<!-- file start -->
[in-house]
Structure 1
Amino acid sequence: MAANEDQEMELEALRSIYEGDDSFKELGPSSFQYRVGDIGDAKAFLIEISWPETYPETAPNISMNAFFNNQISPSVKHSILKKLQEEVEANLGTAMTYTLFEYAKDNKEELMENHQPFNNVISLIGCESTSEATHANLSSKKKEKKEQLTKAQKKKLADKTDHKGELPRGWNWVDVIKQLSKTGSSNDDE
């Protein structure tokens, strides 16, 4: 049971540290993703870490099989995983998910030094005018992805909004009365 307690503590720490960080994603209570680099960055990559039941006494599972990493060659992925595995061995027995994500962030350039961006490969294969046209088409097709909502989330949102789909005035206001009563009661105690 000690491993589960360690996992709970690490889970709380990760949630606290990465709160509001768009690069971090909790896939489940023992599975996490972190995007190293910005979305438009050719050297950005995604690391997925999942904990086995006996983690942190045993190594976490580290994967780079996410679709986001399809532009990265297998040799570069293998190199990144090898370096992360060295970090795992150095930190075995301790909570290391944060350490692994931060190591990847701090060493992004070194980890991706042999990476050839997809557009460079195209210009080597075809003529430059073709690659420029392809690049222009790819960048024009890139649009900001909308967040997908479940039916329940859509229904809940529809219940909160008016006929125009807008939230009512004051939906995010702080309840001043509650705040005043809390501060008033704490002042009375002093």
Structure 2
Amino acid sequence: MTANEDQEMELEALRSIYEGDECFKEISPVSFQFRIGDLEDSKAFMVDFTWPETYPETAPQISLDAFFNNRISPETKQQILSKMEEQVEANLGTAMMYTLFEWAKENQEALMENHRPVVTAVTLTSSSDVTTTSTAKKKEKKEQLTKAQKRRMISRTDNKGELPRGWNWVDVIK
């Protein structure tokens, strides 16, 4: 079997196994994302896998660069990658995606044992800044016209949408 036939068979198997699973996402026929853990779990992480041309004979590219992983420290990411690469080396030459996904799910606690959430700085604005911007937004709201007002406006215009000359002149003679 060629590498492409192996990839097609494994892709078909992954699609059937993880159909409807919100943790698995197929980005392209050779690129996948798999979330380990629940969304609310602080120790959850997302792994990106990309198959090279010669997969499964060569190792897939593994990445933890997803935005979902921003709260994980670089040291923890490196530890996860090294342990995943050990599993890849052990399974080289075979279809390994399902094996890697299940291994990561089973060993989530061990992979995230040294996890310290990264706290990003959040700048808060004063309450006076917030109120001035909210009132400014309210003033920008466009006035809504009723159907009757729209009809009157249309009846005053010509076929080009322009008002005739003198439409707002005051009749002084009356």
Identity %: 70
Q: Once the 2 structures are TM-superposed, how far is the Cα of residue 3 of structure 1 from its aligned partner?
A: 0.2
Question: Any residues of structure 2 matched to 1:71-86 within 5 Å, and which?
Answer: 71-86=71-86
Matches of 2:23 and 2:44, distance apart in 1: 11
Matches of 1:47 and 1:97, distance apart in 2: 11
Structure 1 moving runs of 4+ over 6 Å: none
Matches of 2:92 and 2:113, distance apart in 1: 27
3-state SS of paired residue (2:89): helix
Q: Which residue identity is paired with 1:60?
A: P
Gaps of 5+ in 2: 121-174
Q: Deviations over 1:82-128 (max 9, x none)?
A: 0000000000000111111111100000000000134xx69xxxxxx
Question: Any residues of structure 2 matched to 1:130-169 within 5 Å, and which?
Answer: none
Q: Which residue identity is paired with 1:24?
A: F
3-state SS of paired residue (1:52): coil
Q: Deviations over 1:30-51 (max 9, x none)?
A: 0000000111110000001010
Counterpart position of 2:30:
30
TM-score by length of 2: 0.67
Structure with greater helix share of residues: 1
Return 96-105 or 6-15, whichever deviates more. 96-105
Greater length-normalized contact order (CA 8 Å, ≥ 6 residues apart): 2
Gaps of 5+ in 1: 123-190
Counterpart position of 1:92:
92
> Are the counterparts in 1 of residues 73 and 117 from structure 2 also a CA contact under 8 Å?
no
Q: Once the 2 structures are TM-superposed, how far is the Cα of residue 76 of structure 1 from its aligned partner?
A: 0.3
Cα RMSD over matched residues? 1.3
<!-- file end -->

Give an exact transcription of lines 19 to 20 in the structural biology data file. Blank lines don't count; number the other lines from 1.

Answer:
A: P
Gaps of 5+ in 2: 121-174